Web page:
Precious Postpartum, Pt.1

Whenever my father used to get emphatic about something (and when I was a kid, he would get emphatic about things like learning how to change a tire or how to type well…I’ve learned to type, but I still can’t change a tire), one of his eyebrows would go up, his eyes became quite intense, and his voice was both a little louder and more forceful.

I am my father’s daughter, and I can feel myself doing all of those things when I start talking about things that are really, really important to me. And one of those things is the kind of care mothers need to give themselves during their postpartum period. I know it doesn’t help much to get all lecture-y to a Momma who is trying to keep a baby alive while she’s exhausted, so when I feel that eyebrow go up, I usually take a deep breath, chill out a little, and let my love come through more than my conviction about how important postpartum care is–but it really is so very important! This is going to be the first in a series of blog posts about this precious, exhausting, beautiful and precarious period right after you birth your baby. I’d like to set the foundation for my recommendations for mother-care first, by using this space to remind you of all the incredible ways your body has transformed during your pregnancy and birth.

I’ve had a good number of women tell me that the idea of a whole new human growing in their belly felt surreal and was almost difficult to believe until they actually gave birth and saw the baby. Just that amazing fact is probably enough to warrant rest and recovery after birth: you grew a whole ‘nother human being. It’s tremendous.

Growing that human, though, means a lot of other things, as well. Your organs were scooched around to accommodate the bulk of your baby in their amniotic sac bubble. I love this animation of how a mother’s innards shift and move through a pregnancy. While things got rearranged, they were held in place by your uterus, and then when you brought your baby into the world, that bulk was no longer there to support them. The first time you stand up after birth, you’re going to feel this. Your belly is still loose from expanding around your baby, and your muscles have to shrink and re-orient themselves all over again. That lack of support means you need to move gently and let things rest as they find their previous, pre-pregnancy balance. There’s a lot of unseen, unfelt activity during those first few postpartum weeks, and staying mostly in bed is what allows that work to happen efficiently.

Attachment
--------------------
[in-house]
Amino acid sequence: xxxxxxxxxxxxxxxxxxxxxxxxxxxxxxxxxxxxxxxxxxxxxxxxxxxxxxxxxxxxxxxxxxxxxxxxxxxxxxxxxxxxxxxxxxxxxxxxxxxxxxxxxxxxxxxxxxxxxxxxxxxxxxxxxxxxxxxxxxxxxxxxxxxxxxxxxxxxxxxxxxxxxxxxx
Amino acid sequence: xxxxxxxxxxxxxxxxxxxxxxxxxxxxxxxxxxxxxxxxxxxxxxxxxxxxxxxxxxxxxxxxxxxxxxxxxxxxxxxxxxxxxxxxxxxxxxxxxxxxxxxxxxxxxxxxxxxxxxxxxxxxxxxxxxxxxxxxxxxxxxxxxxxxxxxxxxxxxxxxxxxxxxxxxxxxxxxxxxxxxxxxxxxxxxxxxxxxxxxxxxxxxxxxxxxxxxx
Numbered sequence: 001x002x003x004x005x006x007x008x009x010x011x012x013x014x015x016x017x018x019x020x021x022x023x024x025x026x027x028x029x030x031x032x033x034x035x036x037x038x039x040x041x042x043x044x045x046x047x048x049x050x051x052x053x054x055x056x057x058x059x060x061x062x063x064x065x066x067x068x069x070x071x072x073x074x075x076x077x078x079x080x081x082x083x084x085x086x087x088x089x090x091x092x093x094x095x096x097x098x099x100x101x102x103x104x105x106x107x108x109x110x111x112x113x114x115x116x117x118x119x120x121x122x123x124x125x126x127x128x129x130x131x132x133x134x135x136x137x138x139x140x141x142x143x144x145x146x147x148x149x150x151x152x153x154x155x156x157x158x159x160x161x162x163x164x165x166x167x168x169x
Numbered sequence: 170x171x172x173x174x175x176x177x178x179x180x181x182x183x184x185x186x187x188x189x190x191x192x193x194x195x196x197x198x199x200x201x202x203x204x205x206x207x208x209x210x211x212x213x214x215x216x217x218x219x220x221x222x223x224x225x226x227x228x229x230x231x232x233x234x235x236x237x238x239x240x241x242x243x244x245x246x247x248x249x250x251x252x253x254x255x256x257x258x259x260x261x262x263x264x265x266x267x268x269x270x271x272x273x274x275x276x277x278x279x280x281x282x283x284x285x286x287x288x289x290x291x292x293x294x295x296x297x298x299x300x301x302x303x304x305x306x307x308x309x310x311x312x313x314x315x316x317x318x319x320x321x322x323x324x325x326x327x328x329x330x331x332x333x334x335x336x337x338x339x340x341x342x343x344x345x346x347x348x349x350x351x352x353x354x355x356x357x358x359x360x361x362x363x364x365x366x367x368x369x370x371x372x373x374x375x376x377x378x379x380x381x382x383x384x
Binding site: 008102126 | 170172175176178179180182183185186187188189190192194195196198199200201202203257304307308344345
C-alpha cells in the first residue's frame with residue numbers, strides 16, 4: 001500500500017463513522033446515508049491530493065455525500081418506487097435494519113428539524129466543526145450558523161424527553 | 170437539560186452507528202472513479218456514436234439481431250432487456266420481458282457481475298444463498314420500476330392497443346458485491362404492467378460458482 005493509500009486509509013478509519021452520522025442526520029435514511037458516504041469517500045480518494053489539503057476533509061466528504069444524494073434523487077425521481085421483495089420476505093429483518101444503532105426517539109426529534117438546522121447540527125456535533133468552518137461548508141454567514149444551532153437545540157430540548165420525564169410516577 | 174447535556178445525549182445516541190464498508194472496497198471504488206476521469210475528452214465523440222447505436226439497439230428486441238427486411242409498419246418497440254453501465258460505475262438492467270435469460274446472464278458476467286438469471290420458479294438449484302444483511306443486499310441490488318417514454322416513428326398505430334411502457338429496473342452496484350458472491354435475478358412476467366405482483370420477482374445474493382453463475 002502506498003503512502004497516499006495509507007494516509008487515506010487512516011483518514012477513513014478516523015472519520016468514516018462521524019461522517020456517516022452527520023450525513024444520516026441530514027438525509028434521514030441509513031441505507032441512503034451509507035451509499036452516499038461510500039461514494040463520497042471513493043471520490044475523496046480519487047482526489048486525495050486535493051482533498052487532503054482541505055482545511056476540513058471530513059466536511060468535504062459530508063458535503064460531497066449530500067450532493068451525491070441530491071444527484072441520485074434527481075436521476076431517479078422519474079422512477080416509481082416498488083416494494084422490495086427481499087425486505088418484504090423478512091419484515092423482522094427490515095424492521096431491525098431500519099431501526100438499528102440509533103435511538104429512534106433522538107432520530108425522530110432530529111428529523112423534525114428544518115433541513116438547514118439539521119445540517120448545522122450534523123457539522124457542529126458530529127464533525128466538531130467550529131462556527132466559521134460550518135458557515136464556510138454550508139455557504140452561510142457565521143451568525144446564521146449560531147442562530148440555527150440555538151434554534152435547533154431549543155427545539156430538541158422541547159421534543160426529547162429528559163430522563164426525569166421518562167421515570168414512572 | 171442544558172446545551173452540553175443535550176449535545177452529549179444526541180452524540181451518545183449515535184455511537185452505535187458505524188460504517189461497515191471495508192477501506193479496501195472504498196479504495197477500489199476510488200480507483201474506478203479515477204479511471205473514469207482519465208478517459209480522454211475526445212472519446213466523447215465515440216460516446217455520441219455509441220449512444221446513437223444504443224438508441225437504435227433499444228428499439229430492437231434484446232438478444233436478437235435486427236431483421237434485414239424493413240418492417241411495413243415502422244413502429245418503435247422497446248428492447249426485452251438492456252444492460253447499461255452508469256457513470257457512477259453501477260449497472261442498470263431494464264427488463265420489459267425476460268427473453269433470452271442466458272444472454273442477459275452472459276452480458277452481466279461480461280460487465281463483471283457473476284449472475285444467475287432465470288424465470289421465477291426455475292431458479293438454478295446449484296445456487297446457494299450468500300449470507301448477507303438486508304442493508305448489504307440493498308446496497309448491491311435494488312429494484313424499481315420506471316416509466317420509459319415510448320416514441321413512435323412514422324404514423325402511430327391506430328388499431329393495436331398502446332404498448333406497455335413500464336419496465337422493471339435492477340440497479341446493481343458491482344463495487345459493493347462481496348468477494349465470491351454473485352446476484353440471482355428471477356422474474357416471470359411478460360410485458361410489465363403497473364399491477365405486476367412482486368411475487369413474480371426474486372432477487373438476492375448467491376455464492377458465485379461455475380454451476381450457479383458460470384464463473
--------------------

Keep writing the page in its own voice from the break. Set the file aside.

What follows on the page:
Besides the movement of your inner organs, your pelvis itself has completely transformed. I recently heard a midwife get a bit emphatic herself as she said “the pelvis is a joint.” and I think that’s such an important point. We usually think of our joints as elbows, knees, or where our legs connect to our hips, but not always so much when we consider the bony pelvis. But the pelvis is made of three distinct bones, and as your body produces the relaxin hormone before labor, it opens and moves in new ways. If we’ve had a prenatal together, I’ve shown you my model pelvis, and I’ve likely had you sit on your hands so you could feel your sitz bones moving around when you turned your legs in different directions. There was a lot of opening, wiggling, and twisting going on when you gave birth, and now your pelvis is going to return to its normal shape so that it can continue to do its amazing job holding you up so you can do little things like walk with balance.